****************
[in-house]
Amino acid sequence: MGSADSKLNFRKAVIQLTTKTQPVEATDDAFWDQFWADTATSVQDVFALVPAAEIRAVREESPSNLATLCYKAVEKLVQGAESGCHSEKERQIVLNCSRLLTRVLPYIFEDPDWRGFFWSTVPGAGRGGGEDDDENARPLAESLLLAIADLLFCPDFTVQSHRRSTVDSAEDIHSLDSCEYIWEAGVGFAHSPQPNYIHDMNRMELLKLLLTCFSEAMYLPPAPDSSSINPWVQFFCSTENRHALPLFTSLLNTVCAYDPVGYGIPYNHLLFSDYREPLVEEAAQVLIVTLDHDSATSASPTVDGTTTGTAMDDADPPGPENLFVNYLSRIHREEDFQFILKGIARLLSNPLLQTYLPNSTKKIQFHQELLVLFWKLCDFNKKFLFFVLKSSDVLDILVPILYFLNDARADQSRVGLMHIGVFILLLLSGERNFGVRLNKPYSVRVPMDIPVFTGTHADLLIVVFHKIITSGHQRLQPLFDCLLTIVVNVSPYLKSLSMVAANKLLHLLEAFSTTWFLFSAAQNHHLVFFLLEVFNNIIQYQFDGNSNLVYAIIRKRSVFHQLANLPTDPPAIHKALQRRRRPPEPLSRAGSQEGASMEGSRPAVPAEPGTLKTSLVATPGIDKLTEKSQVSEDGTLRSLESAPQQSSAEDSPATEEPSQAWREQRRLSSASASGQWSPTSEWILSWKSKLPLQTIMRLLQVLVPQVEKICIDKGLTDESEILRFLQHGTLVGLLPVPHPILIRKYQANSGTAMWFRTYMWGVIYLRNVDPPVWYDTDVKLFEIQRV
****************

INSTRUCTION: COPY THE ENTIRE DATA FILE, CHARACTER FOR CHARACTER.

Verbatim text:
[in-house]
Amino acid sequence: MGSADSKLNFRKAVIQLTTKTQPVEATDDAFWDQFWADTATSVQDVFALVPAAEIRAVREESPSNLATLCYKAVEKLVQGAESGCHSEKERQIVLNCSRLLTRVLPYIFEDPDWRGFFWSTVPGAGRGGGEDDDENARPLAESLLLAIADLLFCPDFTVQSHRRSTVDSAEDIHSLDSCEYIWEAGVGFAHSPQPNYIHDMNRMELLKLLLTCFSEAMYLPPAPDSSSINPWVQFFCSTENRHALPLFTSLLNTVCAYDPVGYGIPYNHLLFSDYREPLVEEAAQVLIVTLDHDSATSASPTVDGTTTGTAMDDADPPGPENLFVNYLSRIHREEDFQFILKGIARLLSNPLLQTYLPNSTKKIQFHQELLVLFWKLCDFNKKFLFFVLKSSDVLDILVPILYFLNDARADQSRVGLMHIGVFILLLLSGERNFGVRLNKPYSVRVPMDIPVFTGTHADLLIVVFHKIITSGHQRLQPLFDCLLTIVVNVSPYLKSLSMVAANKLLHLLEAFSTTWFLFSAAQNHHLVFFLLEVFNNIIQYQFDGNSNLVYAIIRKRSVFHQLANLPTDPPAIHKALQRRRRPPEPLSRAGSQEGASMEGSRPAVPAEPGTLKTSLVATPGIDKLTEKSQVSEDGTLRSLESAPQQSSAEDSPATEEPSQAWREQRRLSSASASGQWSPTSEWILSWKSKLPLQTIMRLLQVLVPQVEKICIDKGLTDESEILRFLQHGTLVGLLPVPHPILIRKYQANSGTAMWFRTYMWGVIYLRNVDPPVWYDTDVKLFEIQRV